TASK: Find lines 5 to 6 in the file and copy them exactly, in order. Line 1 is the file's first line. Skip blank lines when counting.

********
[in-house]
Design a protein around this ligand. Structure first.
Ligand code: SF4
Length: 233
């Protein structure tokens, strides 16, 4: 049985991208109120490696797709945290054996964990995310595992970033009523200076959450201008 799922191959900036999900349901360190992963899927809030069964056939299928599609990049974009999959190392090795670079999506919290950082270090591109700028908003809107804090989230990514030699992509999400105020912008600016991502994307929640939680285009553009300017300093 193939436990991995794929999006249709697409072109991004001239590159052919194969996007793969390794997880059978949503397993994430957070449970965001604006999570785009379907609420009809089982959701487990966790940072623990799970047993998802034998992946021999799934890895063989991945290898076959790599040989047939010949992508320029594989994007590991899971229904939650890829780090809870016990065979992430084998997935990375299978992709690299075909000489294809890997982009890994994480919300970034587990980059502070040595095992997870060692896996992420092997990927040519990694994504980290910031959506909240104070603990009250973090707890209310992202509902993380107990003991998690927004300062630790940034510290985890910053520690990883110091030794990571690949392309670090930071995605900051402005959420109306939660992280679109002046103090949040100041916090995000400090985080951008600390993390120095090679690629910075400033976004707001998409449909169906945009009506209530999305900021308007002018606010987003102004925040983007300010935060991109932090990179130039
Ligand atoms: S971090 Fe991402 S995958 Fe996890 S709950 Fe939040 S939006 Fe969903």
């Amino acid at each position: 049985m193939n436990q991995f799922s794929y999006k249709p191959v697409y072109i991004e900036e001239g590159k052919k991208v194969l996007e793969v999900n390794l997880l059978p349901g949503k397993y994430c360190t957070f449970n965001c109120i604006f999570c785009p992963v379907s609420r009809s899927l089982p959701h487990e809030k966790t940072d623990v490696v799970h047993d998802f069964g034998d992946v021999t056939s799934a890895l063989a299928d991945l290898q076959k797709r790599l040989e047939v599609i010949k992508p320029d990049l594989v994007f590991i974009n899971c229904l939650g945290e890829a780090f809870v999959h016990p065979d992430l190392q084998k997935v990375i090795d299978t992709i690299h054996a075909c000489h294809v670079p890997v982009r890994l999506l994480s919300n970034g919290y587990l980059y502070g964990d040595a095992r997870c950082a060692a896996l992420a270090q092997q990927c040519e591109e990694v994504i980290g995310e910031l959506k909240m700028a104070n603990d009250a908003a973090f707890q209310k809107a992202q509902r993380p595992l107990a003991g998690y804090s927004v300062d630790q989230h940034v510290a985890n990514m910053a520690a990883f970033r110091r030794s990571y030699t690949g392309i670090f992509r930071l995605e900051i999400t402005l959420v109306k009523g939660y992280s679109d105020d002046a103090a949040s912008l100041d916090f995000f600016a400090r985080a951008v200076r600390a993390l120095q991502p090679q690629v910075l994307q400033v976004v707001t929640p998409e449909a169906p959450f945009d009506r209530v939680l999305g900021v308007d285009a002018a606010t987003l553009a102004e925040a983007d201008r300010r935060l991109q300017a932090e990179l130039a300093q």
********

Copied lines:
């Protein structure tokens, strides 16, 4: 049985991208109120490696797709945290054996964990995310595992970033009523200076959450201008 799922191959900036999900349901360190992963899927809030069964056939299928599609990049974009999959190392090795670079999506919290950082270090591109700028908003809107804090989230990514030699992509999400105020912008600016991502994307929640939680285009553009300017300093 193939436990991995794929999006249709697409072109991004001239590159052919194969996007793969390794997880059978949503397993994430957070449970965001604006999570785009379907609420009809089982959701487990966790940072623990799970047993998802034998992946021999799934890895063989991945290898076959790599040989047939010949992508320029594989994007590991899971229904939650890829780090809870016990065979992430084998997935990375299978992709690299075909000489294809890997982009890994994480919300970034587990980059502070040595095992997870060692896996992420092997990927040519990694994504980290910031959506909240104070603990009250973090707890209310992202509902993380107990003991998690927004300062630790940034510290985890910053520690990883110091030794990571690949392309670090930071995605900051402005959420109306939660992280679109002046103090949040100041916090995000400090985080951008600390993390120095090679690629910075400033976004707001998409449909169906945009009506209530999305900021308007002018606010987003102004925040983007300010935060991109932090990179130039
Ligand atoms: S971090 Fe991402 S995958 Fe996890 S709950 Fe939040 S939006 Fe969903």